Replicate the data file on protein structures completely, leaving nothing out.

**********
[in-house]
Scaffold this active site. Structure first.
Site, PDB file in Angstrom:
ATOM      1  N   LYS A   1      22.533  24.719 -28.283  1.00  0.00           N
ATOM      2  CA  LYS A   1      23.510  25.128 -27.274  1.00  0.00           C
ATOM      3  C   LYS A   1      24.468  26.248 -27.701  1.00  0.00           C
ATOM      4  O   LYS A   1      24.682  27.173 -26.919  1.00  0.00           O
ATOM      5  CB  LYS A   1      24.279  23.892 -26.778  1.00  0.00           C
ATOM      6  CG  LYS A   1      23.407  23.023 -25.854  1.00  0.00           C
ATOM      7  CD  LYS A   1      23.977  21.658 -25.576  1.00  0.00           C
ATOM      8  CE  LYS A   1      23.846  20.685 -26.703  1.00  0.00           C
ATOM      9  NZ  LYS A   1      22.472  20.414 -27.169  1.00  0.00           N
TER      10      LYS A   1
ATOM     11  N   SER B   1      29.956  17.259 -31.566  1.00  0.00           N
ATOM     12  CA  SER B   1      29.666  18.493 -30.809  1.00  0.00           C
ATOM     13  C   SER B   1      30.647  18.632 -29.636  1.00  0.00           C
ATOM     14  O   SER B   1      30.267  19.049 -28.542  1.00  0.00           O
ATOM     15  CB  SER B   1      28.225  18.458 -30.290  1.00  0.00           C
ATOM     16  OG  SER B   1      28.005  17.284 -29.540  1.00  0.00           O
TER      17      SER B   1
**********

[in-house]
Scaffold this active site. Structure first.
Site, PDB file in Angstrom:
ATOM      1  N   LYS A   1      22.533  24.719 -28.283  1.00  0.00           N
ATOM      2  CA  LYS A   1      23.510  25.128 -27.274  1.00  0.00           C
ATOM      3  C   LYS A   1      24.468  26.248 -27.701  1.00  0.00           C
ATOM      4  O   LYS A   1      24.682  27.173 -26.919  1.00  0.00           O
ATOM      5  CB  LYS A   1      24.279  23.892 -26.778  1.00  0.00           C
ATOM      6  CG  LYS A   1      23.407  23.023 -25.854  1.00  0.00           C
ATOM      7  CD  LYS A   1      23.977  21.658 -25.576  1.00  0.00           C
ATOM      8  CE  LYS A   1      23.846  20.685 -26.703  1.00  0.00           C
ATOM      9  NZ  LYS A   1      22.472  20.414 -27.169  1.00  0.00           N
TER      10      LYS A   1
ATOM     11  N   SER B   1      29.956  17.259 -31.566  1.00  0.00           N
ATOM     12  CA  SER B   1      29.666  18.493 -30.809  1.00  0.00           C
ATOM     13  C   SER B   1      30.647  18.632 -29.636  1.00  0.00           C
ATOM     14  O   SER B   1      30.267  19.049 -28.542  1.00  0.00           O
ATOM     15  CB  SER B   1      28.225  18.458 -30.290  1.00  0.00           C
ATOM     16  OG  SER B   1      28.005  17.284 -29.540  1.00  0.00           O
TER      17      SER B   1